General Motors Co. will invest EUR250 million ($342 million) to expand its Opel diesel-engine site in Tychy, Poland. GM will upgrade the 530-employee strong Tychy site to get it ready for the production of a new 1.6-liter four-cylinder diesel engine in 2017 for vehicles produced by Opel and Vauxhall, the US carmaker said in a statement.
GM is trying to end by mid-decade its European losses that have reached over $18 billion since 1999. Opel is investing EUR4 billion in the four years through 2016 to develop 23 vehicles and 13 engines. "The new mid-sized diesel engine family is an important part of our engine offensive," Peter Thom, head of manufacturing at Opel, said in the statement.
"We appreciate the good quality and high efficiency of our Polish location and look forward to implementing this exciting project." The Tychy site expansion is "supported" by the Polish Ministry of Economy, GM remarked, allowing it to have annual capacity of 200,000 engines in the near future.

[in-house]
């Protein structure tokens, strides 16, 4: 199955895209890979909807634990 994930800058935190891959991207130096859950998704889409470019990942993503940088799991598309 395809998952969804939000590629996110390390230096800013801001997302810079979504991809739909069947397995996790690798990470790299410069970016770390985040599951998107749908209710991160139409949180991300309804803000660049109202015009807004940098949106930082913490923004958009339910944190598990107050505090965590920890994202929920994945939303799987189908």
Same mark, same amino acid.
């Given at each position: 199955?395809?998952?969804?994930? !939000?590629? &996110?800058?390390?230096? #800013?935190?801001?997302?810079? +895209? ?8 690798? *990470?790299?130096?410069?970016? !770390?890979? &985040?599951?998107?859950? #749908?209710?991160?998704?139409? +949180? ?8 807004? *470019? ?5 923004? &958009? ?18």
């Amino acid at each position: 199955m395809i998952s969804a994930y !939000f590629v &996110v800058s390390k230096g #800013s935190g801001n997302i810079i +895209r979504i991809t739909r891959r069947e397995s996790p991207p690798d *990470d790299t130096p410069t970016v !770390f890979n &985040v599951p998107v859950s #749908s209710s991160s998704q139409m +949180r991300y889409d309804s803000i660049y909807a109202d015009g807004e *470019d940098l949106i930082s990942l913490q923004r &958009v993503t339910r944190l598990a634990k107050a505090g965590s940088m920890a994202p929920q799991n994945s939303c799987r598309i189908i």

GM decided in December to withdraw Chevrolet brand from Europe, providing Opel more scope to expand and reversing a decade-old sales effort to promote the US brand in the region.
Opel will shutter its Bochum site in Germany by the end of 2014 to cut production costs. Workers at GM's other sites in Europe have agreed to wage concessions in exchange for job security. Opel and Vauxhall still hold a combined market share of 6.7 percent in Europe in 2013, according to the ACEA industry group.